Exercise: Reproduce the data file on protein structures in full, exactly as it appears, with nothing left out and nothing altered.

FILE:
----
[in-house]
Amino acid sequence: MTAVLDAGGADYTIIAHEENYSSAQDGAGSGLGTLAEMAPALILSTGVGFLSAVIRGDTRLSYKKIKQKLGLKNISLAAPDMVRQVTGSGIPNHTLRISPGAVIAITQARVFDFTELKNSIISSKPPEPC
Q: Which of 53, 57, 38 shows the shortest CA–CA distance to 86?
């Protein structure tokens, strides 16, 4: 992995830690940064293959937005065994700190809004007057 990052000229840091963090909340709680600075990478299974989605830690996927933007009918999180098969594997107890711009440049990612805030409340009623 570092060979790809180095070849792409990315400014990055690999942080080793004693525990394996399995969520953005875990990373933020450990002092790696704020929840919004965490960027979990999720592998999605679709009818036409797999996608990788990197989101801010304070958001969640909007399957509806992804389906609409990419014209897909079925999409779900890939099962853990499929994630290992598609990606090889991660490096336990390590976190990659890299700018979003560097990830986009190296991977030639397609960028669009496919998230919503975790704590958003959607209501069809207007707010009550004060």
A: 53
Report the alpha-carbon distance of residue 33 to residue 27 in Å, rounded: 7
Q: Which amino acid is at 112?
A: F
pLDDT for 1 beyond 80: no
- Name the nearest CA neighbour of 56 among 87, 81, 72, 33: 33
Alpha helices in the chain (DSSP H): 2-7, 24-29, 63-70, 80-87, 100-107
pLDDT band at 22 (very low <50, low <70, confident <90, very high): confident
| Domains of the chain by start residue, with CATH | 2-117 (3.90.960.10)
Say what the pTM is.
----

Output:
[in-house]
Amino acid sequence: MTAVLDAGGADYTIIAHEENYSSAQDGAGSGLGTLAEMAPALILSTGVGFLSAVIRGDTRLSYKKIKQKLGLKNISLAAPDMVRQVTGSGIPNHTLRISPGAVIAITQARVFDFTELKNSIISSKPPEPC
Q: Which of 53, 57, 38 shows the shortest CA–CA distance to 86?
């Protein structure tokens, strides 16, 4: 992995830690940064293959937005065994700190809004007057 990052000229840091963090909340709680600075990478299974989605830690996927933007009918999180098969594997107890711009440049990612805030409340009623 570092060979790809180095070849792409990315400014990055690999942080080793004693525990394996399995969520953005875990990373933020450990002092790696704020929840919004965490960027979990999720592998999605679709009818036409797999996608990788990197989101801010304070958001969640909007399957509806992804389906609409990419014209897909079925999409779900890939099962853990499929994630290992598609990606090889991660490096336990390590976190990659890299700018979003560097990830986009190296991977030639397609960028669009496919998230919503975790704590958003959607209501069809207007707010009550004060």
A: 53
Report the alpha-carbon distance of residue 33 to residue 27 in Å, rounded: 7
Q: Which amino acid is at 112?
A: F
pLDDT for 1 beyond 80: no
- Name the nearest CA neighbour of 56 among 87, 81, 72, 33: 33
Alpha helices in the chain (DSSP H): 2-7, 24-29, 63-70, 80-87, 100-107
pLDDT band at 22 (very low <50, low <70, confident <90, very high): confident
| Domains of the chain by start residue, with CATH | 2-117 (3.90.960.10)
Say what the pTM is.